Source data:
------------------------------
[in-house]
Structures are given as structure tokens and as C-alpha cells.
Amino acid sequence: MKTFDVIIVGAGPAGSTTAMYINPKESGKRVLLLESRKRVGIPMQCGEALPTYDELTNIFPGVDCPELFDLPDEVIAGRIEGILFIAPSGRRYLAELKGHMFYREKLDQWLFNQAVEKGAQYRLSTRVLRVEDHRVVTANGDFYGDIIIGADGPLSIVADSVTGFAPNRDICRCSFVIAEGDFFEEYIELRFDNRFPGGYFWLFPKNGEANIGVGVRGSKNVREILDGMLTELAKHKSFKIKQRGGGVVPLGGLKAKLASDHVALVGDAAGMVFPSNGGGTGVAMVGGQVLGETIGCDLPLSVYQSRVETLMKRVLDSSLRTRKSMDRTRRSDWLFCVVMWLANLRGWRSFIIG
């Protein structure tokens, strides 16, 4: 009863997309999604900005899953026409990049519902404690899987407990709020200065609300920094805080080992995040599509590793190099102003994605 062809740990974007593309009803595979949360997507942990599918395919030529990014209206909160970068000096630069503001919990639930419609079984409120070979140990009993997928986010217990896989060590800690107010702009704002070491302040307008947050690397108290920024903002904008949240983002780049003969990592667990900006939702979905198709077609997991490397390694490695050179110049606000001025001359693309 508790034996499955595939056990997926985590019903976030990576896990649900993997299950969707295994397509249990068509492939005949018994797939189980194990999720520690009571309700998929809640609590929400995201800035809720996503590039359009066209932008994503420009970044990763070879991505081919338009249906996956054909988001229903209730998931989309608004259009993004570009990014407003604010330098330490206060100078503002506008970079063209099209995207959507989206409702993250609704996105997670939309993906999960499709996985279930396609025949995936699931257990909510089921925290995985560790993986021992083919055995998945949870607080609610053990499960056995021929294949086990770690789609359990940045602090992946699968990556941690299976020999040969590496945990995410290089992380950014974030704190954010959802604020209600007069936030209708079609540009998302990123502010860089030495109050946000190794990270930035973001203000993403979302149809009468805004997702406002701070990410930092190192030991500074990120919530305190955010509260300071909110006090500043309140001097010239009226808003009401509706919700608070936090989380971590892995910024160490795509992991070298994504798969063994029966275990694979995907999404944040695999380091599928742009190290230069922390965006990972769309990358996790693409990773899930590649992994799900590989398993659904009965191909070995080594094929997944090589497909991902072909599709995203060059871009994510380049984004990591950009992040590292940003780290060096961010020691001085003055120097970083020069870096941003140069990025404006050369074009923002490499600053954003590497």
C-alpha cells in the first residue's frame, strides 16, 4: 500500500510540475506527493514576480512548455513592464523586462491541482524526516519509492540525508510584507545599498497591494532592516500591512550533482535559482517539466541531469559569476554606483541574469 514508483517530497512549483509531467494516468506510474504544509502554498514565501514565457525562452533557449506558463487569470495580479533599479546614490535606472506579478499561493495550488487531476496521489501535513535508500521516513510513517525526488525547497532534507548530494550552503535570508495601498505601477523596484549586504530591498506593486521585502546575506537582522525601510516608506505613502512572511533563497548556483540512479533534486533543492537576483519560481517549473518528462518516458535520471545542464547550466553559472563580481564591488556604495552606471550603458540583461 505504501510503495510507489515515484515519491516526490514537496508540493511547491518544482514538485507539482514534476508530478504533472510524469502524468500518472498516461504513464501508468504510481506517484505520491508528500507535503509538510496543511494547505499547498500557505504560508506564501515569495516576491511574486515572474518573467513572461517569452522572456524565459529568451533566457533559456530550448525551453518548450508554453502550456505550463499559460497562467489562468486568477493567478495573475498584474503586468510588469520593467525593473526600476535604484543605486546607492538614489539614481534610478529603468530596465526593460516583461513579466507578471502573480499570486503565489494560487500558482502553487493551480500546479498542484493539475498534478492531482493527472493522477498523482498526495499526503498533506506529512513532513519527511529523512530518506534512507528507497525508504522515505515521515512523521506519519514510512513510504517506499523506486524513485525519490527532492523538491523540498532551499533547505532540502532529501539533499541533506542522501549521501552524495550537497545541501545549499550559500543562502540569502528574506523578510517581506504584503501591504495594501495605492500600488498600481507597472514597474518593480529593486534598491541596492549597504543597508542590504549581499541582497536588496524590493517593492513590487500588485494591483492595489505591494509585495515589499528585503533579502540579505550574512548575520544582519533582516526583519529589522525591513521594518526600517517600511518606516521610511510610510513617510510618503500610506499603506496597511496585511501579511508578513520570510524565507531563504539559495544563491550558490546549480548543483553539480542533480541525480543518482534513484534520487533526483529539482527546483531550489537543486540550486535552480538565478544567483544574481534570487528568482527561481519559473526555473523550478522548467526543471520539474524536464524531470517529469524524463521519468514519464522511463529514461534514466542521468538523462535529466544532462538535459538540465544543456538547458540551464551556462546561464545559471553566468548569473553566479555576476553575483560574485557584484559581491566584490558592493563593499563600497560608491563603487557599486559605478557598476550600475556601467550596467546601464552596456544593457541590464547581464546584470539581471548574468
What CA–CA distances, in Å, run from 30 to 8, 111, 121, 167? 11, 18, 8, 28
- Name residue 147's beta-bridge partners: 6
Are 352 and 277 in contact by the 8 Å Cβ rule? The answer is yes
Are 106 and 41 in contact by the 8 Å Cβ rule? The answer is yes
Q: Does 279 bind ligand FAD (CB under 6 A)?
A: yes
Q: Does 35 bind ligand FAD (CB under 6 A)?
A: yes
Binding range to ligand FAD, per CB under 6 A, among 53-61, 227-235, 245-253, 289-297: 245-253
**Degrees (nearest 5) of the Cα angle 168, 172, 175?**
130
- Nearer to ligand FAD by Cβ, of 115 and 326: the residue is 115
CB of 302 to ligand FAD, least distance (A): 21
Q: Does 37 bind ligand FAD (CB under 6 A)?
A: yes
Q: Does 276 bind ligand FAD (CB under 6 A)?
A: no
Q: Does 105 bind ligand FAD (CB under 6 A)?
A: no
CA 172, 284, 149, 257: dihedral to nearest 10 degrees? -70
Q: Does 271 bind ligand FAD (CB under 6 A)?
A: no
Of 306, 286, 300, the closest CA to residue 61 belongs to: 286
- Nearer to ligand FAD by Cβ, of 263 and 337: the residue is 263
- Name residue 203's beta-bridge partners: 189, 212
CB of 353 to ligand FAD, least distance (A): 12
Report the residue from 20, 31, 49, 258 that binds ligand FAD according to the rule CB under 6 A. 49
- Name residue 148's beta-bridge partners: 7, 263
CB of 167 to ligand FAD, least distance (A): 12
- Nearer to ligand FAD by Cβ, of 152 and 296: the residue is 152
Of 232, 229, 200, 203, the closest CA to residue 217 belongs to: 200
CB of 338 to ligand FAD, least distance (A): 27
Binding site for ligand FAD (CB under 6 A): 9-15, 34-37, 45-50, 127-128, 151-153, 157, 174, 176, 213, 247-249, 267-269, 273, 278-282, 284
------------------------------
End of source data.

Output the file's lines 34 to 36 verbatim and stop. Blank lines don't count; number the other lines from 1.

CB of 167 to ligand FAD, least distance (A): 12
- Nearer to ligand FAD by Cβ, of 152 and 296: the residue is 152
Of 232, 229, 200, 203, the closest CA to residue 217 belongs to: 200